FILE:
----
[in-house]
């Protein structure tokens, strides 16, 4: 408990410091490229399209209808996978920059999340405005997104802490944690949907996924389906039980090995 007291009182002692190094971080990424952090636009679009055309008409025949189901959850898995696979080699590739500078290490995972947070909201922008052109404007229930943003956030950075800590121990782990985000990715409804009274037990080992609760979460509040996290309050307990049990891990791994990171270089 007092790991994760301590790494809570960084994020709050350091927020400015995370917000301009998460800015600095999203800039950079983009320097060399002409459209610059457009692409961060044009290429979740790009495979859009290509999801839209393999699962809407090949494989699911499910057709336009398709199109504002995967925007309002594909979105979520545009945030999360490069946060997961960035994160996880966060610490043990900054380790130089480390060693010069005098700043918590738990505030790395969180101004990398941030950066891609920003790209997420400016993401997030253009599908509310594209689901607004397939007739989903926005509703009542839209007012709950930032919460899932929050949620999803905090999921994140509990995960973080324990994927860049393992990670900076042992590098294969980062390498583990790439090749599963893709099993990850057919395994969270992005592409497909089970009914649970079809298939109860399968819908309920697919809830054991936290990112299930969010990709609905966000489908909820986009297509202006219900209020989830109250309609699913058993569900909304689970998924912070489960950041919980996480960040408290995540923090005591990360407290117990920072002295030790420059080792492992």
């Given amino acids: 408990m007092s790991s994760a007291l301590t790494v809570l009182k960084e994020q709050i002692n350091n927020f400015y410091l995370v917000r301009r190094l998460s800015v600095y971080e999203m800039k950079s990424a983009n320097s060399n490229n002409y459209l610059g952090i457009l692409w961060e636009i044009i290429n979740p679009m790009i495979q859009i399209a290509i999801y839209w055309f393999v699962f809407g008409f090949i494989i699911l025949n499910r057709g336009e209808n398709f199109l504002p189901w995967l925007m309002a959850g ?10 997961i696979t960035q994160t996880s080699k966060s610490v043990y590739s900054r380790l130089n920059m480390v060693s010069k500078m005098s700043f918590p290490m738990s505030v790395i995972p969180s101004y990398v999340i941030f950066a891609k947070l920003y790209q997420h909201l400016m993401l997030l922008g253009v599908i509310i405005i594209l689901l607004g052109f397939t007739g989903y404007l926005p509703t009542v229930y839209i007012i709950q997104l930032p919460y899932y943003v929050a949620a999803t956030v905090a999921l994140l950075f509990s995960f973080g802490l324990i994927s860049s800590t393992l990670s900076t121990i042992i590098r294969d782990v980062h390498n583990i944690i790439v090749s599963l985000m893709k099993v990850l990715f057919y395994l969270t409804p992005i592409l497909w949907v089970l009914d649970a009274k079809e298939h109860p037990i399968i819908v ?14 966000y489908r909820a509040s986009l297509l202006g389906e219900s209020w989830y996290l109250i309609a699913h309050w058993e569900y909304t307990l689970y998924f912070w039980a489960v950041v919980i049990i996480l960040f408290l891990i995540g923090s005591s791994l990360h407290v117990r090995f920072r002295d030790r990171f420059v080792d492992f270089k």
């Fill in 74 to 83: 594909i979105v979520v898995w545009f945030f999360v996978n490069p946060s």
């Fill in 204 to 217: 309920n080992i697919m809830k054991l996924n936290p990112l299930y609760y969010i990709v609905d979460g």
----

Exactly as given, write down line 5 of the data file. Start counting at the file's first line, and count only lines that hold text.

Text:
């Fill in 204 to 217: 309920n080992i697919m809830k054991l996924n936290p990112l299930y609760y969010i990709v609905d979460g």